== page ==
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**Example 1- Calculating electrical field of a disc charge from its potential**

As another example to the obtaining the electric field from the potential, let’s recall the discharge potential. As you recall, when we consider a disc charge distribution with radius *R* and charge *Q*, with a positive charge *Q*, distributed uniformly throughout the surface, we calculated the potential that it generates along its axis, *z* distance away from its center at this point *P*, was equal to recall the potential, that this potential was equal to *q* over 2 *π* *R*2 *ε**0*. Or let me just write it down as 2 *π* *ε**0* *R*2 times square root of *z*2 plus *R*2 minus *z*. This was the potential that it generated, and as you recall we obtained that by integrating the incremental potentials that the incremental concentric ring charges generated throughout the surface of this disc, and we obtained this expression.

Now, let us try to calculate the corresponding electric field at this point that the charge distribution generates from this potential. So, **E** at *P* is the question mark. Again, we know that the negative rate of change of potential with respect to distance gives us the component of the electric field along that direction. So in rectangular coordinate system, this was the *x* component of the electric field was equal to ∂*V* over ∂*x*. And in our case this is going to be equal to -∂ over ∂*x* of the potential function, which is in explicit form *Q* over 2 *π* *ε**0* *R*2 times square root of *z*2 plus *R*2 minus *z*.

Since there is no *x* dependence over here, this derivative is going to give us just 0. No *x* dependence. Similarly, *E**y*, which is going to be equal to -∂*V* over ∂*y*, will also give us 0 due to the fact that we have no *y* dependence in this equation too. And the only component left is the *z* component, which will be equal to minus ∂*V* over ∂*z*. And that will be equal to, since again, there is no *x* and *y* dependence, we can replace the partial derivative with the total derivative of *d* over *dx* of the potential function. And that is *Q* over 2 *π* *ε**0* *R*2 times square root of *z*2 plus *R*2 minus *z*, close parentheses.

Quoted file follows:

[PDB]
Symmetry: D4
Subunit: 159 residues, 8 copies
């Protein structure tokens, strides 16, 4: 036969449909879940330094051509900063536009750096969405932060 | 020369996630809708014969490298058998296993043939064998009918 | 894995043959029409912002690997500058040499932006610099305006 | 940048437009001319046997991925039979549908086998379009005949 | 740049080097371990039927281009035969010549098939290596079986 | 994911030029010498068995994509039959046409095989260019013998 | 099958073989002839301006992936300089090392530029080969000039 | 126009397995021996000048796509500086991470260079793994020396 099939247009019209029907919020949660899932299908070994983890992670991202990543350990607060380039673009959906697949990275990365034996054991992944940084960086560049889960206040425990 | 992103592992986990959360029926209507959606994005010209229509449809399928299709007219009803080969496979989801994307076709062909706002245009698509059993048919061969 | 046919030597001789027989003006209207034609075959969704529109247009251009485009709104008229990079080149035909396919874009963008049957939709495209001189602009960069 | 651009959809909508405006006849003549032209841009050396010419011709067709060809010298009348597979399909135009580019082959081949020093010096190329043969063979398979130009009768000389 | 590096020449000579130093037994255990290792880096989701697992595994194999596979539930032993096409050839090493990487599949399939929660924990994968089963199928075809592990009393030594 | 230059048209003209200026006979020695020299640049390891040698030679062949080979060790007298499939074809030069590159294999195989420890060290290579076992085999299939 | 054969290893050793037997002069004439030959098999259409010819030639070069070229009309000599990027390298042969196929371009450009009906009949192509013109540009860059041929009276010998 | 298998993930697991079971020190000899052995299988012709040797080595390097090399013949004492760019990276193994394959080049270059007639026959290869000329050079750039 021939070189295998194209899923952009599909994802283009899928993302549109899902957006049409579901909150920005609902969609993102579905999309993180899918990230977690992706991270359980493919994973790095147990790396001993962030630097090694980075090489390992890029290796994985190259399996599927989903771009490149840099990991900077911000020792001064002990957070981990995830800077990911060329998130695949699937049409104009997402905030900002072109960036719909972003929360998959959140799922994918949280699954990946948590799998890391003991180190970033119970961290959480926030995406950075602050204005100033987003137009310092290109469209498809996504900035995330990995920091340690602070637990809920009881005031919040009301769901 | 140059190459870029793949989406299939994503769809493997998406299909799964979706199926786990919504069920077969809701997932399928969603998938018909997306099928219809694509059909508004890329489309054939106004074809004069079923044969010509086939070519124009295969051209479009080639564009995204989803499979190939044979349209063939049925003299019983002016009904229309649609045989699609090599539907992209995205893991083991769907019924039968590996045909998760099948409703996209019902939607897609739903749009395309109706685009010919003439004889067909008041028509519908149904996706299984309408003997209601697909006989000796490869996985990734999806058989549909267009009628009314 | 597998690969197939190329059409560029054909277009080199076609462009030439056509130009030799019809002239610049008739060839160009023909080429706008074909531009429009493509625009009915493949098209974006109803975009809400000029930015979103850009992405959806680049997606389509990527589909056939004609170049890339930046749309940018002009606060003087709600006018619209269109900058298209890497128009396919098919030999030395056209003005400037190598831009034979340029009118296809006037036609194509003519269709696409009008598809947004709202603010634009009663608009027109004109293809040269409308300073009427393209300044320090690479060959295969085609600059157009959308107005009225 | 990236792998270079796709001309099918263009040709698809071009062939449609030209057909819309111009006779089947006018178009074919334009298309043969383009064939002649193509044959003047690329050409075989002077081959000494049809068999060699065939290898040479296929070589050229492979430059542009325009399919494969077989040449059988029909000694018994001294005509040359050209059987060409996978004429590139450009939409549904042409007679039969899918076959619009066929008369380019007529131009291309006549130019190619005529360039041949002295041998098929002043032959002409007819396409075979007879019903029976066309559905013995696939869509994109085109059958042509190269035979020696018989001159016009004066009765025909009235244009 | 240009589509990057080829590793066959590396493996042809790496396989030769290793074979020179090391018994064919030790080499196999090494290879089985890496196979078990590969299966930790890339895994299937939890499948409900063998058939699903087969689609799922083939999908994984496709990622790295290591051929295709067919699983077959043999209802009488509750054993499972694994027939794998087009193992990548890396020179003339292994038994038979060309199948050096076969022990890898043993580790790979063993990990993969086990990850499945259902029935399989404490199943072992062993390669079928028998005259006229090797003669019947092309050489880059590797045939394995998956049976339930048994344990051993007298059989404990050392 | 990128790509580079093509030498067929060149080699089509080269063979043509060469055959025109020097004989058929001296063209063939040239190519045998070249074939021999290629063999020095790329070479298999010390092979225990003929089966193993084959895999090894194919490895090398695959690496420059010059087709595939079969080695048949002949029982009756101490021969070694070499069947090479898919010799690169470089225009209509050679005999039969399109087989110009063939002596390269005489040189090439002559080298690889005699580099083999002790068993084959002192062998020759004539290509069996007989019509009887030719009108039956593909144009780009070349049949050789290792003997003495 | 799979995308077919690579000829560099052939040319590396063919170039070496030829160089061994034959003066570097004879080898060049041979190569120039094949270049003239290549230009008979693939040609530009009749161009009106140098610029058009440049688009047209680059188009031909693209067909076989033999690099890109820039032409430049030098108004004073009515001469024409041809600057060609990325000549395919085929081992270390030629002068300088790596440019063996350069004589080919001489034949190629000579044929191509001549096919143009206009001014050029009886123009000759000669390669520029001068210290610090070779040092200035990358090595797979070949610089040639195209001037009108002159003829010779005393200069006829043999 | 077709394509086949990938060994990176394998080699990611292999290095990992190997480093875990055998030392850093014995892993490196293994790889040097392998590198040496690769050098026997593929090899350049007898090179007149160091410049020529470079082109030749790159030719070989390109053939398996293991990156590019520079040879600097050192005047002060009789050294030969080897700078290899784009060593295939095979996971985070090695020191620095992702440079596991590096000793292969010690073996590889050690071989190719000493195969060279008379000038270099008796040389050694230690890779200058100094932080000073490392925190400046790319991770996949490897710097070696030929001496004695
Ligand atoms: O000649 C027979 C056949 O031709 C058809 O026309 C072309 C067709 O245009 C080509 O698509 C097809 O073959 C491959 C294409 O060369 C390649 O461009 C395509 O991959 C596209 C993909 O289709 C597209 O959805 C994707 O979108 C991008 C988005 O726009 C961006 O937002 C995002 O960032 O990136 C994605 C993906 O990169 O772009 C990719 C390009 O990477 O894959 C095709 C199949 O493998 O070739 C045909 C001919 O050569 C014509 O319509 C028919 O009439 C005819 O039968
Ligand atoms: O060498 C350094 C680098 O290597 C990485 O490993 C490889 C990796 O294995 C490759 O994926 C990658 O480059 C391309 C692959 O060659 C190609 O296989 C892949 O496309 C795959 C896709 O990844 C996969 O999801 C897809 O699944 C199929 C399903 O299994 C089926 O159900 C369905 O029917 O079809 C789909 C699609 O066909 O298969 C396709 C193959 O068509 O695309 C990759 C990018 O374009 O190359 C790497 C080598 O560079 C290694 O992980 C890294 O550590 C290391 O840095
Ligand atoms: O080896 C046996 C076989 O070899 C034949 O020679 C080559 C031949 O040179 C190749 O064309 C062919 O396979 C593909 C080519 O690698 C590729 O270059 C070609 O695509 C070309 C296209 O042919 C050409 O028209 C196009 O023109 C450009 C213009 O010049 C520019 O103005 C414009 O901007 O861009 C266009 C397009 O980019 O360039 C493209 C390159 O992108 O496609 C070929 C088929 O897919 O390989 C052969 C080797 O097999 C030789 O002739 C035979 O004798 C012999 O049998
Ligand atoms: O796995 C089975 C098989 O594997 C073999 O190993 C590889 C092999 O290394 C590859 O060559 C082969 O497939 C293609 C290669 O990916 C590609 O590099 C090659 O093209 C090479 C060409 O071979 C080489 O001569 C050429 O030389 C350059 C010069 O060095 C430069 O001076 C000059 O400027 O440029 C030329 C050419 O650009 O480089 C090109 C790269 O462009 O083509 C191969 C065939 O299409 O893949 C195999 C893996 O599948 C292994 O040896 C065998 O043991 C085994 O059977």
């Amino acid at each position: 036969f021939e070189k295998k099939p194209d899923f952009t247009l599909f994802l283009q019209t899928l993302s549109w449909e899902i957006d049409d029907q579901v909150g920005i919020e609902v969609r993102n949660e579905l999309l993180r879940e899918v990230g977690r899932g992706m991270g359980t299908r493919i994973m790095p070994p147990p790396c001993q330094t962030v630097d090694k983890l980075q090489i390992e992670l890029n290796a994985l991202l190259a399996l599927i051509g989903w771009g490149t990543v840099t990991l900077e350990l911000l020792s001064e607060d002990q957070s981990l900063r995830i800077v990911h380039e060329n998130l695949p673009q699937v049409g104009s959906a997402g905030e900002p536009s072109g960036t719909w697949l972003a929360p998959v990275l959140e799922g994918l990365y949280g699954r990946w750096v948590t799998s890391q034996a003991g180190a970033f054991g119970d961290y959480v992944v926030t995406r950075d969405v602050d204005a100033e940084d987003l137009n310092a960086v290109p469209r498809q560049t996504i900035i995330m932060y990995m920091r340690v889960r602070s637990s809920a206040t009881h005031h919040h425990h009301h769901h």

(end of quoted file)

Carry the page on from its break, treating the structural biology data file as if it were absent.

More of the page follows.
*z* component, therefore, will be equal to *Q* over 2 *π* *ε**0* *R*2 is a constant, take it outside of the derivative operator, so we’ll have *Q* over 2 *π* *ε**0* *R*2. Now, let’s just go ahead and take the derivative. This is *z*2 plus *R*2 to the power one-half. If you take the derivative of that we will have one-half times *z*2 plus *R*2 and we will decrease the power by one. So we have plus one-half minus one, will give us minus one-half. And times the derivative of the argument, *R* is constant. Derivative of *z*2 will give us just 2*z*. That’s from the first term, and the second term will give us just 1. Derivative of *z* with respect to *z* is just 1. We’re taking the derivative with this factor *z-*coordinate and close parentheses.

Moving on, *E**z* will be equal to minus here we can cancel this 2 with this 2, and if we rewrite this expression, it’ll be *Q* over 2 *π* *ε**0* *R*2. Here *z*, and let’s move this *z*2 plus *R*2 to the denominator, therefore we will have *z* over square root of *z*2 plus *R*2 and minus 1. Let’s take one more step and put this negative into the bracket. In other words, multiply this this -1. Then *E**z* is going to be equal to *Q* over 2 *π* *ε**0* *R*2 times 1 minus *z* over square root of *z*2 plus *R*2.

Since *x* and *y* components of the electric field is 0, and we only have *z* component, that indicates that in that electric field is along the *z*-axis and it has this magnitude. Again, we did this example earlier. We calculated the electric field directly by applying Coulomb’s law, and if you compare the results of this example and that one, you will see that we have exactly the same expression.